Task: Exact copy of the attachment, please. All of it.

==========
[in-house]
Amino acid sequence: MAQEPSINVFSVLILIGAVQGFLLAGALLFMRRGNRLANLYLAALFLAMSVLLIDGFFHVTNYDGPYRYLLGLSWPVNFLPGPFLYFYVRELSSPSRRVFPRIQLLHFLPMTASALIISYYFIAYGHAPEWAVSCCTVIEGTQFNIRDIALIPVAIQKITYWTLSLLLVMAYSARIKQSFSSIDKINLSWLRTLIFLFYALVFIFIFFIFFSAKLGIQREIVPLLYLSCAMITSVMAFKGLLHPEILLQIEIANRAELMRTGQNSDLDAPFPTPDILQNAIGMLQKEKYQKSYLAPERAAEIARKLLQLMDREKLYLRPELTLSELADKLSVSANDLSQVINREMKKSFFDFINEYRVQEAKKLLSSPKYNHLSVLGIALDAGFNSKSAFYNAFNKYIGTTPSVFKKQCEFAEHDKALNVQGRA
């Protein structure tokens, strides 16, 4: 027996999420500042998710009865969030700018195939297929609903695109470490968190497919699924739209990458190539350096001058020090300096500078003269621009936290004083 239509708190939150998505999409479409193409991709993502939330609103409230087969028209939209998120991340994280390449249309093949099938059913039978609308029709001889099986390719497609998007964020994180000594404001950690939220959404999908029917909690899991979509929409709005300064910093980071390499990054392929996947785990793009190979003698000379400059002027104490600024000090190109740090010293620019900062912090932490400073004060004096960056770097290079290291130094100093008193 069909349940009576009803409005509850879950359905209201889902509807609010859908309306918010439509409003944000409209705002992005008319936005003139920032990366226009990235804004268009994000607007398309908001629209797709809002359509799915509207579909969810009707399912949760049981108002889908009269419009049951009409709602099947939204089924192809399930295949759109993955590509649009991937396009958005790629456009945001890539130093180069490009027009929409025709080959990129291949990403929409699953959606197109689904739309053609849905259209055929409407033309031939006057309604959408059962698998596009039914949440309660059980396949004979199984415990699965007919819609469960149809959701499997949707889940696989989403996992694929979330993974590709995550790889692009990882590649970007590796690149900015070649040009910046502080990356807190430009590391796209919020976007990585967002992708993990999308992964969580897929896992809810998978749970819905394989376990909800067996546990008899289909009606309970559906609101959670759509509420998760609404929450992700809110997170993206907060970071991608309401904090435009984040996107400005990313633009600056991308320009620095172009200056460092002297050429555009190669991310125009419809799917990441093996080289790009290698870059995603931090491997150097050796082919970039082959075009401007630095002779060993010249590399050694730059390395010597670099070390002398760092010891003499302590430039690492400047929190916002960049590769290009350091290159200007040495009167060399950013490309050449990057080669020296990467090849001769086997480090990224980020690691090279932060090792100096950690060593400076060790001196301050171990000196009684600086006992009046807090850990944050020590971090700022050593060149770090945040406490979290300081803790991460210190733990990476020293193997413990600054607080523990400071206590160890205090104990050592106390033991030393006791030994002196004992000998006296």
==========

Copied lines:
[in-house]
Amino acid sequence: MAQEPSINVFSVLILIGAVQGFLLAGALLFMRRGNRLANLYLAALFLAMSVLLIDGFFHVTNYDGPYRYLLGLSWPVNFLPGPFLYFYVRELSSPSRRVFPRIQLLHFLPMTASALIISYYFIAYGHAPEWAVSCCTVIEGTQFNIRDIALIPVAIQKITYWTLSLLLVMAYSARIKQSFSSIDKINLSWLRTLIFLFYALVFIFIFFIFFSAKLGIQREIVPLLYLSCAMITSVMAFKGLLHPEILLQIEIANRAELMRTGQNSDLDAPFPTPDILQNAIGMLQKEKYQKSYLAPERAAEIARKLLQLMDREKLYLRPELTLSELADKLSVSANDLSQVINREMKKSFFDFINEYRVQEAKKLLSSPKYNHLSVLGIALDAGFNSKSAFYNAFNKYIGTTPSVFKKQCEFAEHDKALNVQGRA
């Protein structure tokens, strides 16, 4: 027996999420500042998710009865969030700018195939297929609903695109470490968190497919699924739209990458190539350096001058020090300096500078003269621009936290004083 239509708190939150998505999409479409193409991709993502939330609103409230087969028209939209998120991340994280390449249309093949099938059913039978609308029709001889099986390719497609998007964020994180000594404001950690939220959404999908029917909690899991979509929409709005300064910093980071390499990054392929996947785990793009190979003698000379400059002027104490600024000090190109740090010293620019900062912090932490400073004060004096960056770097290079290291130094100093008193 069909349940009576009803409005509850879950359905209201889902509807609010859908309306918010439509409003944000409209705002992005008319936005003139920032990366226009990235804004268009994000607007398309908001629209797709809002359509799915509207579909969810009707399912949760049981108002889908009269419009049951009409709602099947939204089924192809399930295949759109993955590509649009991937396009958005790629456009945001890539130093180069490009027009929409025709080959990129291949990403929409699953959606197109689904739309053609849905259209055929409407033309031939006057309604959408059962698998596009039914949440309660059980396949004979199984415990699965007919819609469960149809959701499997949707889940696989989403996992694929979330993974590709995550790889692009990882590649970007590796690149900015070649040009910046502080990356807190430009590391796209919020976007990585967002992708993990999308992964969580897929896992809810998978749970819905394989376990909800067996546990008899289909009606309970559906609101959670759509509420998760609404929450992700809110997170993206907060970071991608309401904090435009984040996107400005990313633009600056991308320009620095172009200056460092002297050429555009190669991310125009419809799917990441093996080289790009290698870059995603931090491997150097050796082919970039082959075009401007630095002779060993010249590399050694730059390395010597670099070390002398760092010891003499302590430039690492400047929190916002960049590769290009350091290159200007040495009167060399950013490309050449990057080669020296990467090849001769086997480090990224980020690691090279932060090792100096950690060593400076060790001196301050171990000196009684600086006992009046807090850990944050020590971090700022050593060149770090945040406490979290300081803790991460210190733990990476020293193997413990600054607080523990400071206590160890205090104990050592106390033991030393006791030994002196004992000998006296």